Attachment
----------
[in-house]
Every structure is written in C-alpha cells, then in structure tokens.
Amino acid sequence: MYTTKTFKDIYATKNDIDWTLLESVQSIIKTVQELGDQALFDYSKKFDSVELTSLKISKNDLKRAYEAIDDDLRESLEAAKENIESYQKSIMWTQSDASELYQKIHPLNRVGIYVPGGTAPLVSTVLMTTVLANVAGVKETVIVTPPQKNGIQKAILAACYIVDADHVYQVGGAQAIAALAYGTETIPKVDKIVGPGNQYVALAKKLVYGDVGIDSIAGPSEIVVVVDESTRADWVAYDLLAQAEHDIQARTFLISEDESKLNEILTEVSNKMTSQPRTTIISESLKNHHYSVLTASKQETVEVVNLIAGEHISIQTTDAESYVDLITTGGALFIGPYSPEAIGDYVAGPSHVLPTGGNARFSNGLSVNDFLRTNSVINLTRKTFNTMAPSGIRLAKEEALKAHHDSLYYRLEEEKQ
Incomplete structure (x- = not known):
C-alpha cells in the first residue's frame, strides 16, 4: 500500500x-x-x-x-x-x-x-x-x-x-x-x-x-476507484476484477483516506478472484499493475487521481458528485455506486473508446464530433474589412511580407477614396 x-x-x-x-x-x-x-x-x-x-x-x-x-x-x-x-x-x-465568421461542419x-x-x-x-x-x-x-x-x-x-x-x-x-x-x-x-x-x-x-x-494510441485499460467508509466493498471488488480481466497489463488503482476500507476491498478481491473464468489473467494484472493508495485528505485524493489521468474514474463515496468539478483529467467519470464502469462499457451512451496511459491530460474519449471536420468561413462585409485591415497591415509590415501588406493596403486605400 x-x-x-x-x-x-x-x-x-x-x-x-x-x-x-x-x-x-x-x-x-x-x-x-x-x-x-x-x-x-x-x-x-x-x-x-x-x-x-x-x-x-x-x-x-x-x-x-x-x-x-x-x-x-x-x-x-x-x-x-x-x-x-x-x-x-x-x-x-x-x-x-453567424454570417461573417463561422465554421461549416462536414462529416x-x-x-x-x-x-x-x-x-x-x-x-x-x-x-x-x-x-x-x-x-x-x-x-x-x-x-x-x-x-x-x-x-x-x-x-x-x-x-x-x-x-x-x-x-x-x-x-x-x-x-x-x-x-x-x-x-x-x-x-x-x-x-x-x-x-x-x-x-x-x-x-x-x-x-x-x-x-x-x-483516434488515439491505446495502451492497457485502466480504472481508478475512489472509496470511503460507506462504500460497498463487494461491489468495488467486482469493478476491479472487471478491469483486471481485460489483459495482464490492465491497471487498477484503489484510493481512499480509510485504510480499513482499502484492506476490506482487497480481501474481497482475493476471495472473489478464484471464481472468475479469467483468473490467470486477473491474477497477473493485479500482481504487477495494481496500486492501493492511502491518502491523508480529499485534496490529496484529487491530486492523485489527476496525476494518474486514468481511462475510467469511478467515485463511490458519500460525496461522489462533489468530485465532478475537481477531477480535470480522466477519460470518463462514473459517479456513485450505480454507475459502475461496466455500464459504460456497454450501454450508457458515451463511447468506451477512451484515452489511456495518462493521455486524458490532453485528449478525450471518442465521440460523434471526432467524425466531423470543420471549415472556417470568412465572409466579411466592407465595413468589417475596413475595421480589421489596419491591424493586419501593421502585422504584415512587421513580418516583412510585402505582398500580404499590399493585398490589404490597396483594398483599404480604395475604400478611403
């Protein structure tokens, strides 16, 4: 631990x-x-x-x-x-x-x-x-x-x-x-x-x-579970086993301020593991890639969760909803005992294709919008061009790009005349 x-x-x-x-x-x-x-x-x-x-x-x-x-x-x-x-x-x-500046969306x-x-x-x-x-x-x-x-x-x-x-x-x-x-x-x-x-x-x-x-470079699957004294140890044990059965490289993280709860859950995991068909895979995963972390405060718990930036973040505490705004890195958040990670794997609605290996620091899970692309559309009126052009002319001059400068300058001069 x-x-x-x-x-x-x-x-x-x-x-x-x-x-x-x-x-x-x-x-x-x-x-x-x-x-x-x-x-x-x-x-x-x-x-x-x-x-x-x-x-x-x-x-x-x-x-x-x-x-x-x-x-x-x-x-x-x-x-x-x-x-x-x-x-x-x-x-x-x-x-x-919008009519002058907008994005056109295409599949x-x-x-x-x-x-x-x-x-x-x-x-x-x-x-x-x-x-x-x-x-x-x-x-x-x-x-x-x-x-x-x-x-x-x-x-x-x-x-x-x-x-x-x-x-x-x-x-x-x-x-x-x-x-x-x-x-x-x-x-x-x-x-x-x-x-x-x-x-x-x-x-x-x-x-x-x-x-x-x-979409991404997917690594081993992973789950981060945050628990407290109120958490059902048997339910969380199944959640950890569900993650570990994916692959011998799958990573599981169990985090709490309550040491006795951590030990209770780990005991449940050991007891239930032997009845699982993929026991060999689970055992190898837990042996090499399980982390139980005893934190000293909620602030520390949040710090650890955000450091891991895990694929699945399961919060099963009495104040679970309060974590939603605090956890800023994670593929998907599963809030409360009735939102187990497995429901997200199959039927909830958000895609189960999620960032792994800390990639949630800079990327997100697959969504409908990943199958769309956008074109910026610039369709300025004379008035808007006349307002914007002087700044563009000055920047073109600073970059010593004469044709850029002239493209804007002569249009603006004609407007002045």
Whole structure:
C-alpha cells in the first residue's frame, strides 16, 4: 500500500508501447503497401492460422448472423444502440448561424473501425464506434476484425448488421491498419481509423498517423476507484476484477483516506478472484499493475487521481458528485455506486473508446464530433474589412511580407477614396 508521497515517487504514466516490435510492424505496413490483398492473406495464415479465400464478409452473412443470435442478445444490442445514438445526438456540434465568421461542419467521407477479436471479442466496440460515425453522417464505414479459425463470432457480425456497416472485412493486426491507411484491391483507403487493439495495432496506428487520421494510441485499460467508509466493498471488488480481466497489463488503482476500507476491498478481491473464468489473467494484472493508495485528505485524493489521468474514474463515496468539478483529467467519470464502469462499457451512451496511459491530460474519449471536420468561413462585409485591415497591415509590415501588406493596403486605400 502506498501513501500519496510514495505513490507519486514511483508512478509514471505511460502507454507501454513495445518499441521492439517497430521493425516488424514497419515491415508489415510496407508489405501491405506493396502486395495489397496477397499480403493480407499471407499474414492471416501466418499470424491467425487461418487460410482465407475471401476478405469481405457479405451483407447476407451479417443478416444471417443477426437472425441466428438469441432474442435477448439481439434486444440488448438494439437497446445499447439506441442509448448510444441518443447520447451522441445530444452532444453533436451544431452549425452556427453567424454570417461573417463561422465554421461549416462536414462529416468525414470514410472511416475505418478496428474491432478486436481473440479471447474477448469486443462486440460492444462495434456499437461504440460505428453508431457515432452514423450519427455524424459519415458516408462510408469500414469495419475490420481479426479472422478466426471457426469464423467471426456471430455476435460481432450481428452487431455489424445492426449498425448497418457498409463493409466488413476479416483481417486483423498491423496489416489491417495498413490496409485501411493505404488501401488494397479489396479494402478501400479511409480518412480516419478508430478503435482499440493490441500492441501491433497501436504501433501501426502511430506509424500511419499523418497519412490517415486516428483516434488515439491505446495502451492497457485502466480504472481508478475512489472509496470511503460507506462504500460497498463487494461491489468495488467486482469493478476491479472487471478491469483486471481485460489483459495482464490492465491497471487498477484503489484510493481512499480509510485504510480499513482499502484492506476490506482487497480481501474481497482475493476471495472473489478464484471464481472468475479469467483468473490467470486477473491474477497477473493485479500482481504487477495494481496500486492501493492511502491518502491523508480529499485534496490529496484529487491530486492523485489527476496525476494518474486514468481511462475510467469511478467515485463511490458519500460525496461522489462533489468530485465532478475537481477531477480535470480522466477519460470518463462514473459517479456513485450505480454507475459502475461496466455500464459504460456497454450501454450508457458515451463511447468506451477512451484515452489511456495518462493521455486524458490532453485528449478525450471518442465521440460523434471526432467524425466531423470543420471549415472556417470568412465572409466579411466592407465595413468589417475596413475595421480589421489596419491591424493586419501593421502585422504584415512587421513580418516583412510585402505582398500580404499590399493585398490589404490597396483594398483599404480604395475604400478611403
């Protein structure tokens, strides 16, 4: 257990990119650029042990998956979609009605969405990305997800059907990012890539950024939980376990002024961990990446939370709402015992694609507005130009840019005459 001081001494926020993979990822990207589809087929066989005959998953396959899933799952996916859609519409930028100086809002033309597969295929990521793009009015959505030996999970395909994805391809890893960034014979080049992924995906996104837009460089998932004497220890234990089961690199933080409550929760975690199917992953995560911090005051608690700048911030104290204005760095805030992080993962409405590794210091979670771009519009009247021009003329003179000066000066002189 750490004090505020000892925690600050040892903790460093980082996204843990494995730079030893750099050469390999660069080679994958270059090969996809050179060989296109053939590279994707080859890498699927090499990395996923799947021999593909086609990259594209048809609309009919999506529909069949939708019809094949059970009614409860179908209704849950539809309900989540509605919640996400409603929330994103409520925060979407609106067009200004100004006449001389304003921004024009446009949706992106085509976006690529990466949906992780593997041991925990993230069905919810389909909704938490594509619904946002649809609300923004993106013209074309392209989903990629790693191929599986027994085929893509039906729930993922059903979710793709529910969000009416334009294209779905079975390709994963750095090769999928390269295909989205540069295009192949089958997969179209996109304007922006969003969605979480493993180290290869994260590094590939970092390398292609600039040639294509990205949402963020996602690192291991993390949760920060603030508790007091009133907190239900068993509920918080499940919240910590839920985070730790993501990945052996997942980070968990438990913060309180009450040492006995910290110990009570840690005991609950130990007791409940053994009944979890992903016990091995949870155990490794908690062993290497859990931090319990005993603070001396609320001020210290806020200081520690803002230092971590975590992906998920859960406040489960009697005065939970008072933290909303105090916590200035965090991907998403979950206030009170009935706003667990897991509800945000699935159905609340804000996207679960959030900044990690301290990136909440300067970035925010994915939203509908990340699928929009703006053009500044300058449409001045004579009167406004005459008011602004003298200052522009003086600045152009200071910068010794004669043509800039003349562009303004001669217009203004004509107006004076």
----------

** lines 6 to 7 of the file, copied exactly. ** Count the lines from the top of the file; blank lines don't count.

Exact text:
């Protein structure tokens, strides 16, 4: 631990x-x-x-x-x-x-x-x-x-x-x-x-x-579970086993301020593991890639969760909803005992294709919008061009790009005349 x-x-x-x-x-x-x-x-x-x-x-x-x-x-x-x-x-x-500046969306x-x-x-x-x-x-x-x-x-x-x-x-x-x-x-x-x-x-x-x-470079699957004294140890044990059965490289993280709860859950995991068909895979995963972390405060718990930036973040505490705004890195958040990670794997609605290996620091899970692309559309009126052009002319001059400068300058001069 x-x-x-x-x-x-x-x-x-x-x-x-x-x-x-x-x-x-x-x-x-x-x-x-x-x-x-x-x-x-x-x-x-x-x-x-x-x-x-x-x-x-x-x-x-x-x-x-x-x-x-x-x-x-x-x-x-x-x-x-x-x-x-x-x-x-x-x-x-x-x-x-919008009519002058907008994005056109295409599949x-x-x-x-x-x-x-x-x-x-x-x-x-x-x-x-x-x-x-x-x-x-x-x-x-x-x-x-x-x-x-x-x-x-x-x-x-x-x-x-x-x-x-x-x-x-x-x-x-x-x-x-x-x-x-x-x-x-x-x-x-x-x-x-x-x-x-x-x-x-x-x-x-x-x-x-x-x-x-x-979409991404997917690594081993992973789950981060945050628990407290109120958490059902048997339910969380199944959640950890569900993650570990994916692959011998799958990573599981169990985090709490309550040491006795951590030990209770780990005991449940050991007891239930032997009845699982993929026991060999689970055992190898837990042996090499399980982390139980005893934190000293909620602030520390949040710090650890955000450091891991895990694929699945399961919060099963009495104040679970309060974590939603605090956890800023994670593929998907599963809030409360009735939102187990497995429901997200199959039927909830958000895609189960999620960032792994800390990639949630800079990327997100697959969504409908990943199958769309956008074109910026610039369709300025004379008035808007006349307002914007002087700044563009000055920047073109600073970059010593004469044709850029002239493209804007002569249009603006004609407007002045």
Whole structure: